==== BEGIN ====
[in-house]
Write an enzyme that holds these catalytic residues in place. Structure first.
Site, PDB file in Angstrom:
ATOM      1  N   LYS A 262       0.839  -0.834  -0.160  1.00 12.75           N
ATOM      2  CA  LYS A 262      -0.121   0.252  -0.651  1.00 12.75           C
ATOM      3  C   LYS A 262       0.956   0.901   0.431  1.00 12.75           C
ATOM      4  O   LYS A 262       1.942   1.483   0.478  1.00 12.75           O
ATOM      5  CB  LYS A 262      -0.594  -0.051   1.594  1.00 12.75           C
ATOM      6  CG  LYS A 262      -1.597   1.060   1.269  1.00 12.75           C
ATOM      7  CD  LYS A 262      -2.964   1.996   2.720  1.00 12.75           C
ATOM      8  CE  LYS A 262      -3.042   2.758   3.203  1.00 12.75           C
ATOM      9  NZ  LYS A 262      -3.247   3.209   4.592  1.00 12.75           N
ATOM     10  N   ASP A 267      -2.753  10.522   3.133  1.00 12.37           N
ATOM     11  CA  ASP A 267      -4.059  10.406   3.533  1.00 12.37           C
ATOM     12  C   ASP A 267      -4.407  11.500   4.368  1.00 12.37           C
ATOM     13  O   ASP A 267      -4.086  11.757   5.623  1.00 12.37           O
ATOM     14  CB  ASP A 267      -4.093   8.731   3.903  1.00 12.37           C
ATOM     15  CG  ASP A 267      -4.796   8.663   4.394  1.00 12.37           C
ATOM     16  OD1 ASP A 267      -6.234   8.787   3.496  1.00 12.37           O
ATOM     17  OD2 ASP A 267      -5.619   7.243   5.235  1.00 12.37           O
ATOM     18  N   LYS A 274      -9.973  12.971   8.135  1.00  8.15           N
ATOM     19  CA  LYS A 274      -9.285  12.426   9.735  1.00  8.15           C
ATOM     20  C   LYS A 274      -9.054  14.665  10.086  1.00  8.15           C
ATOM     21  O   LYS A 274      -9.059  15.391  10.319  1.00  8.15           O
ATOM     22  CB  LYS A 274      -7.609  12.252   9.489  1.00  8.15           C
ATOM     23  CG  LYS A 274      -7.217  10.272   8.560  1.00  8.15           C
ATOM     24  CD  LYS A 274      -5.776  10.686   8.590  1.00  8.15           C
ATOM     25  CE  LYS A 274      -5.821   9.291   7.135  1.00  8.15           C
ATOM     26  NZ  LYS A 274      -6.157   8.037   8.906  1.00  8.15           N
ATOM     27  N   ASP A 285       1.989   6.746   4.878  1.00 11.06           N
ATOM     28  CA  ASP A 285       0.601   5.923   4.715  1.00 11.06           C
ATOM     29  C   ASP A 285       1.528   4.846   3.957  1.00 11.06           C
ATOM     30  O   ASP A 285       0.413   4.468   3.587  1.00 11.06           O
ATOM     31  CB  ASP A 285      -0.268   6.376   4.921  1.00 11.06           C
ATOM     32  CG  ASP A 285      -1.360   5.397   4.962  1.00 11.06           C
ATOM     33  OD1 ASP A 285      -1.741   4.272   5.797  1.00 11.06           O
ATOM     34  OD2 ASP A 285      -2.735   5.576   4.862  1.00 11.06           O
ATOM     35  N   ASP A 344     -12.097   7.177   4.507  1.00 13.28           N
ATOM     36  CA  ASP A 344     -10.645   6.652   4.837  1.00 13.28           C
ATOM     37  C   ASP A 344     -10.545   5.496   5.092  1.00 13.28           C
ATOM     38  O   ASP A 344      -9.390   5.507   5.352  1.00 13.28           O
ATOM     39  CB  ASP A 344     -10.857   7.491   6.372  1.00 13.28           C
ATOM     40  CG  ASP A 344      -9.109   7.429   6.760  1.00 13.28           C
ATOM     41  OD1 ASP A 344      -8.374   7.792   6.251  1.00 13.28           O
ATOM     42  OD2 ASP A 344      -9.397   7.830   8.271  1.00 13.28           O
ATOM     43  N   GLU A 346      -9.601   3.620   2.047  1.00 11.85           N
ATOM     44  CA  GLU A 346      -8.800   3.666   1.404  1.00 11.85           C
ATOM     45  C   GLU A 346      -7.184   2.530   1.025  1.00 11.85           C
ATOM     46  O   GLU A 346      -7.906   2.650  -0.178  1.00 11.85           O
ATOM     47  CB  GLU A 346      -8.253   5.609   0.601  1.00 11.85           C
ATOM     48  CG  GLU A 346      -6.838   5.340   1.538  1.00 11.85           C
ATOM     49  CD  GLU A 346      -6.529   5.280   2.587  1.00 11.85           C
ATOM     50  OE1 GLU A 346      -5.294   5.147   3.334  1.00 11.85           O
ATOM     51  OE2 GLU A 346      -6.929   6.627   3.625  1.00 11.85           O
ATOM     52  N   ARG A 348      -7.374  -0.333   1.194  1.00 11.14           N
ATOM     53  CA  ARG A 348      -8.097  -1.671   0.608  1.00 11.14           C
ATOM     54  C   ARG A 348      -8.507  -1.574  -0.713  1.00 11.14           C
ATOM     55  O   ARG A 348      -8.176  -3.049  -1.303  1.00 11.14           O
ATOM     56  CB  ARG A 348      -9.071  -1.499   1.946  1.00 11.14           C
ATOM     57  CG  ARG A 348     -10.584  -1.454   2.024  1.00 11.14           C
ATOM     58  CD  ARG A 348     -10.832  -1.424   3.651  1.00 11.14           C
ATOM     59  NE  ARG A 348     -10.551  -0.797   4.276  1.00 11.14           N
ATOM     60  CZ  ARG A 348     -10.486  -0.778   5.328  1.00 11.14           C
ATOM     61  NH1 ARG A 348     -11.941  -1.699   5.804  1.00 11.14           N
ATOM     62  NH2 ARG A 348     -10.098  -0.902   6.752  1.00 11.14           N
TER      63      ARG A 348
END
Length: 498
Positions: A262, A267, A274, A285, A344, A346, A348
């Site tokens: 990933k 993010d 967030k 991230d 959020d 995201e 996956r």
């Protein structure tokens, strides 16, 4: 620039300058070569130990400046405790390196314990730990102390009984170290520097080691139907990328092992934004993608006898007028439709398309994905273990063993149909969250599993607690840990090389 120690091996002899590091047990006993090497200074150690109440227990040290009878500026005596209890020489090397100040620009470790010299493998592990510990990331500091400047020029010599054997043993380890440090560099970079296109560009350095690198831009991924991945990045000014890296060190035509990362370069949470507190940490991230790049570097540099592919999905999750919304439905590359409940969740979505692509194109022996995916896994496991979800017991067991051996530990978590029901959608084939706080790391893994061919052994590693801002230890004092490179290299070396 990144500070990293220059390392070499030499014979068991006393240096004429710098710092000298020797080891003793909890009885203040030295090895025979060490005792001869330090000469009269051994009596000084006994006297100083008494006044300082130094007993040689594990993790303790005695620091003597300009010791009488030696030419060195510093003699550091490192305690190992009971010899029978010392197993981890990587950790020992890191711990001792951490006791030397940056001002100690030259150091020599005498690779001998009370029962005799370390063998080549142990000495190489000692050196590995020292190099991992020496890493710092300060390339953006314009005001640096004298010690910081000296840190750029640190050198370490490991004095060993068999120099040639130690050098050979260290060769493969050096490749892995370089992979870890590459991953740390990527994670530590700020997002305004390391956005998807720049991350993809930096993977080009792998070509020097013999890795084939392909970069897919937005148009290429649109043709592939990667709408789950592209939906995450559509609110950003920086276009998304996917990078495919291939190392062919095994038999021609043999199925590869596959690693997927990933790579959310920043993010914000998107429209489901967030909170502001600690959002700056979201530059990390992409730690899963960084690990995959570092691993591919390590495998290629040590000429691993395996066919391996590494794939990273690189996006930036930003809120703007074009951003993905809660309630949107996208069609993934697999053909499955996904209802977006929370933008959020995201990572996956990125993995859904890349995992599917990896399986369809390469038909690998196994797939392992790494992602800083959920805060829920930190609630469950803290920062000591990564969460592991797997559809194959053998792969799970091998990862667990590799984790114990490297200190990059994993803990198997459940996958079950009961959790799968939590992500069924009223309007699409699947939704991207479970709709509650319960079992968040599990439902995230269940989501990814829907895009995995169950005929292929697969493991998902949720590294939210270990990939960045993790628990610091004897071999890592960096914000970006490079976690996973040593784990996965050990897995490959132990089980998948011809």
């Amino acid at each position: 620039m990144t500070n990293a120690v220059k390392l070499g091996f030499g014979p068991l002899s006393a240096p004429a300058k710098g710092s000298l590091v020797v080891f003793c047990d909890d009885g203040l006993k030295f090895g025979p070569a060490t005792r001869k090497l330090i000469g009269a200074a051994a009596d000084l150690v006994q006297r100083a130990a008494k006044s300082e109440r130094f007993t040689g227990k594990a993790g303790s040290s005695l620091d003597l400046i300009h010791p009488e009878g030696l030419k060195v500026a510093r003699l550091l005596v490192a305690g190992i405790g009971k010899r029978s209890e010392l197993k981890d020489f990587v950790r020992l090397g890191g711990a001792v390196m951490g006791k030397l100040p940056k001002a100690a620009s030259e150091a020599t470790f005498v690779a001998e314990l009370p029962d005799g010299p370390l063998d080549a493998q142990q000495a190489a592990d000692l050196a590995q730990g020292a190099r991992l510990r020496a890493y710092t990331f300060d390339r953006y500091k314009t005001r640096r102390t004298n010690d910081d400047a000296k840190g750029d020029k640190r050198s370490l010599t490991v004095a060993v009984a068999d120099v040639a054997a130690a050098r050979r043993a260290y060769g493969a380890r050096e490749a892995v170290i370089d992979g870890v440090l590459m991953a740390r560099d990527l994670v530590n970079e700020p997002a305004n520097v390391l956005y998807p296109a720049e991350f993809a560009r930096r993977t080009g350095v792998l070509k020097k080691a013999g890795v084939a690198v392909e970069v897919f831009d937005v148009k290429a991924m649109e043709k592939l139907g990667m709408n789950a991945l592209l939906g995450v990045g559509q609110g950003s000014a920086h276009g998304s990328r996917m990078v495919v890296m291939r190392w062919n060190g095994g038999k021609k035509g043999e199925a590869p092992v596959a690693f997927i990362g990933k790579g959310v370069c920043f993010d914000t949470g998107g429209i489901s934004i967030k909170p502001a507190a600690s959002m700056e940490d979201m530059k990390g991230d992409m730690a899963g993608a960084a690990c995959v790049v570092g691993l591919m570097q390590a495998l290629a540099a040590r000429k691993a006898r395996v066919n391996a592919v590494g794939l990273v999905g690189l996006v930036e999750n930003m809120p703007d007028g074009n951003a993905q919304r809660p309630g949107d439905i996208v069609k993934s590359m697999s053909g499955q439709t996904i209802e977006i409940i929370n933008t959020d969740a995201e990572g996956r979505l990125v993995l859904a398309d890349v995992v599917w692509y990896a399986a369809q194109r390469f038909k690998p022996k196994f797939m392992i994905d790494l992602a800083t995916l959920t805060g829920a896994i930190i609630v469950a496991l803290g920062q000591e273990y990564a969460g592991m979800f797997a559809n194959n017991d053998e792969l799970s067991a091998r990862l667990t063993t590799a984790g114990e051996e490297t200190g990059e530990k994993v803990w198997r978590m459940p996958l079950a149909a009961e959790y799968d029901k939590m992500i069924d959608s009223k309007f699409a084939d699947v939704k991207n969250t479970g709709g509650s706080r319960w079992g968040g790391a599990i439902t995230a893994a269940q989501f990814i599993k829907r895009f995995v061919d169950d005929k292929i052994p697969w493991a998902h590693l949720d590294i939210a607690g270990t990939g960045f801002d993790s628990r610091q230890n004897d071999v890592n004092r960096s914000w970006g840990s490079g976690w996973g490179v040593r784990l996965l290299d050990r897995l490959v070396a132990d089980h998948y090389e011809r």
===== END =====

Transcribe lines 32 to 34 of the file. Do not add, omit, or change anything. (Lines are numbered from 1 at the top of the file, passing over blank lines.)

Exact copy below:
ATOM     29  C   ASP A 285       1.528   4.846   3.957  1.00 11.06           C
ATOM     30  O   ASP A 285       0.413   4.468   3.587  1.00 11.06           O
ATOM     31  CB  ASP A 285      -0.268   6.376   4.921  1.00 11.06           C